The HIPAA Privacy Rule protects all "individually identifiable health information" held or transmitted by a covered entity or its business associate, in any form or media, whether electronic, paper, or oral. The Privacy Rule calls this information "protected health information (PHI)."12

“Individually identifiable health information” is information, including demographic data, that relates to:

  • the individual’s past, present or future physical or mental health or condition,
  • the provision of health care to the individual, or
  • the past, present, or future payment for the provision of health care to the individual,

that identifies the individual or for which there is a reasonable basis to believe it can be used to identify the individual.13 individually identifiable health information includes many common identifiers (e.g., name, address, birth date, Social Security Number). 

Source: USDHHS (2013). Summary of the HIPAA Privacy Rule. Health Information Privacy. Retrieved from: http://www.hhs.gov/ocr/privacy/hipaa/understanding/summary/index.html

De-Identifying of Protected Health Information

Section 164.514(a) of the HIPAA Privacy Rule provides the standard for de-identification of protected health information.  Under this standard, health information is not individually identifiable if it does not identify an individual and if the covered entity has no reasonable basis to believe it can be used to identify an individual. Two methods can be used to achieve de-identification in accordance with the HIPAA Privacy Rule- Expert Determination and Safe Harbor. Under the “Safe Harbor Method” identifiers (list provided in the back) of the individual or of relatives, employers, or household members of the individual requires removal.

Source: USDHHS (2013). Summary of the HIPAA Privacy Rule. Health Information Privacy. Retrieved from: http://www.hhs.gov/ocr/privacy/hipaa/understanding/summary/index.html

The following identifiers of the individual or of relatives, employers, or household members of the individual, are to be removed to comply with HIPAA regulations:

1.      Names

2.      All geographic subdivisions smaller than state including:
​         a)     Street Address
​         b)     City
​         c)     County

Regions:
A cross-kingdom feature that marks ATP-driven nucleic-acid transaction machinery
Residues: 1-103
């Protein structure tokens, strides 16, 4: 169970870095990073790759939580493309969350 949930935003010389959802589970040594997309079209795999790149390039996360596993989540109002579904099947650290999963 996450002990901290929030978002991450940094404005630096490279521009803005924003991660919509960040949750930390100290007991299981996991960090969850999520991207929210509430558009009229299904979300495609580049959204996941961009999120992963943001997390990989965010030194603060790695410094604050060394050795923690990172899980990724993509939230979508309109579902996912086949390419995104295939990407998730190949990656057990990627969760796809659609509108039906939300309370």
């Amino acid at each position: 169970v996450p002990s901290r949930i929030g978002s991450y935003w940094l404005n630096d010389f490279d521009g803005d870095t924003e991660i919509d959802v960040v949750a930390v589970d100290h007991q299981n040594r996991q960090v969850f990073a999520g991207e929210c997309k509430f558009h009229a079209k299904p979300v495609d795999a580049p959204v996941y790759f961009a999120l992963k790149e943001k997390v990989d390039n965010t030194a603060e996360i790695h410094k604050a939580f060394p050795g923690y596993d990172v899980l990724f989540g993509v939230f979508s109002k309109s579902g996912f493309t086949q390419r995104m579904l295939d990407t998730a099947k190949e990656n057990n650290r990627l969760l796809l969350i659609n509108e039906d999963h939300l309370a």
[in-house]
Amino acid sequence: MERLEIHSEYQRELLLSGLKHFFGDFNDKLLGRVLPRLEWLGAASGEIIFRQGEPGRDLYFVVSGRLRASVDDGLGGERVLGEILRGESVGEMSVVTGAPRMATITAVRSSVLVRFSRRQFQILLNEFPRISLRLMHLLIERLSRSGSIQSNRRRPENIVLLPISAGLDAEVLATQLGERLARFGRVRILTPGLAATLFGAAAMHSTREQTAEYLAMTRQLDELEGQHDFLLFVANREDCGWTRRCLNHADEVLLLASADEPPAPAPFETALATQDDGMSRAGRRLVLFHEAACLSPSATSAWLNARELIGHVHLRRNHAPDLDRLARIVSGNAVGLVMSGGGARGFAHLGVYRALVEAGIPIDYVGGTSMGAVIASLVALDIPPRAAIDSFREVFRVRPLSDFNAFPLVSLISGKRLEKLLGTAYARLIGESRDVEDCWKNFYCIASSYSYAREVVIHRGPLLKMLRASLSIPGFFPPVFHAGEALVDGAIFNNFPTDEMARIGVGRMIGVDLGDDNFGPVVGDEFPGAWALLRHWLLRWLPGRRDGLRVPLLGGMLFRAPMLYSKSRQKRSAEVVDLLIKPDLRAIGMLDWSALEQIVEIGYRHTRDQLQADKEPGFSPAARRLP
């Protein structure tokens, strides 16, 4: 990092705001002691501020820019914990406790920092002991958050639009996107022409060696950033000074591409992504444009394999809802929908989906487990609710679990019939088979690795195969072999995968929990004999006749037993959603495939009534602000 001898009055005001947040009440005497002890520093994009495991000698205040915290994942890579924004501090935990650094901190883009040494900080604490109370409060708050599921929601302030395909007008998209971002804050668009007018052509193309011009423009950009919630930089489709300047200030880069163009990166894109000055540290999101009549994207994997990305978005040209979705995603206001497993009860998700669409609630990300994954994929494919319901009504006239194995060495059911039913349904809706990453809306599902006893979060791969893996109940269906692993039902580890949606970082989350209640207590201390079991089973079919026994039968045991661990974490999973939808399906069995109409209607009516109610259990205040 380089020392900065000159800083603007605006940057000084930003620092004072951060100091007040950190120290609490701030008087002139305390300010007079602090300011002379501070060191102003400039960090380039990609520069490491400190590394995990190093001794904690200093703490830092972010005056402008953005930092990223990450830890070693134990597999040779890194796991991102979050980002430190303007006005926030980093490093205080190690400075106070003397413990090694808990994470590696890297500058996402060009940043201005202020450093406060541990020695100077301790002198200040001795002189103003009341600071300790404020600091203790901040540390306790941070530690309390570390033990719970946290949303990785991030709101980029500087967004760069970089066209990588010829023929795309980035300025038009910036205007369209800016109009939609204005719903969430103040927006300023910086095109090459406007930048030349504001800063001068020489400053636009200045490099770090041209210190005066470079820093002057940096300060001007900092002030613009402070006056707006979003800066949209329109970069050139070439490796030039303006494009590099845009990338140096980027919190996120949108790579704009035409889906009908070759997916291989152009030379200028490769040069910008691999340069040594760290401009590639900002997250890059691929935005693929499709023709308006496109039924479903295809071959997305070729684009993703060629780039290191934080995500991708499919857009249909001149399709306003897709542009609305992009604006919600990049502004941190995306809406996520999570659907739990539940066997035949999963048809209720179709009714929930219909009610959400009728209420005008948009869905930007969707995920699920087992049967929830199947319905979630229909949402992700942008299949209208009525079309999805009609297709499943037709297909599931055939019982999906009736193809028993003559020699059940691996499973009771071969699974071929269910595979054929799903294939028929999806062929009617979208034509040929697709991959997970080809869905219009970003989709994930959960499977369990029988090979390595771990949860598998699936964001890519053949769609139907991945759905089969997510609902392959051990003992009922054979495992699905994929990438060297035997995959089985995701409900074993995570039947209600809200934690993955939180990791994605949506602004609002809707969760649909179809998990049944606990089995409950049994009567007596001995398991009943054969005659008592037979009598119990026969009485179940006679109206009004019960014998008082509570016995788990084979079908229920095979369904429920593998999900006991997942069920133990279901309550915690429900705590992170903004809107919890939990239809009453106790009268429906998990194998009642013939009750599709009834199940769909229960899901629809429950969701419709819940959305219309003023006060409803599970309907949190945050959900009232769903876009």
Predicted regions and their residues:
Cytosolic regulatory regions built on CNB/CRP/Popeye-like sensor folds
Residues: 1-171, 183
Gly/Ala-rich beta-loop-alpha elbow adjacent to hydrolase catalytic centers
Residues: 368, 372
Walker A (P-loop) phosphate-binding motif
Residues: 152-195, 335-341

​         d)     Precinct
​         e)     Zip code and equivalent geo code

3.      All elements of dates (except year) directly related to an individual including:
​         a)     Birth date
​         b)     Admission date
​         c)     Discharge date
​         d)     Date of death
​         e)     All ages over 89 (including date elements indicative of such age [including year],
                 except when all ages of 90 or older can be aggregated into a single category)

4.      Telephone numbers

5.      Fax numbers

6.      E-mail addresses

7.      Social security numbers

8.      Medical record numbers

9.      Health plan beneficiary numbers

10.    Account numbers

11.    Certificate/license numbers

12.    Vehicle identifiers and serial numbers (including license plate numbers)

13.    Device identifiers and serial numbers

14.    Web Universal Resource Locators (URLs)

15.    Internet Protocol (IP) address numbers

16.    Biometric identifiers, including finger/voice prints

17.    Full face photographic images and any comparable images

18.    Any other unique identifying number, characteristic or code
 

Sources:

United States Department of Health and Human Services (2013). Summary of the HIPAA Privacy Rule. Health Information Privacy. Retrieved from: http://www.hhs.gov/ocr/privacy/hipaa/understanding/coveredentities/De-identification/guidance.html#rationale, PP-19

Protected Health Information, Limited Data Set, and De-Identification of Protected Health Information. (2013). Retrieved August 1, 2013 from http://depts.washington.edu/comply/docs/PP_19.pdf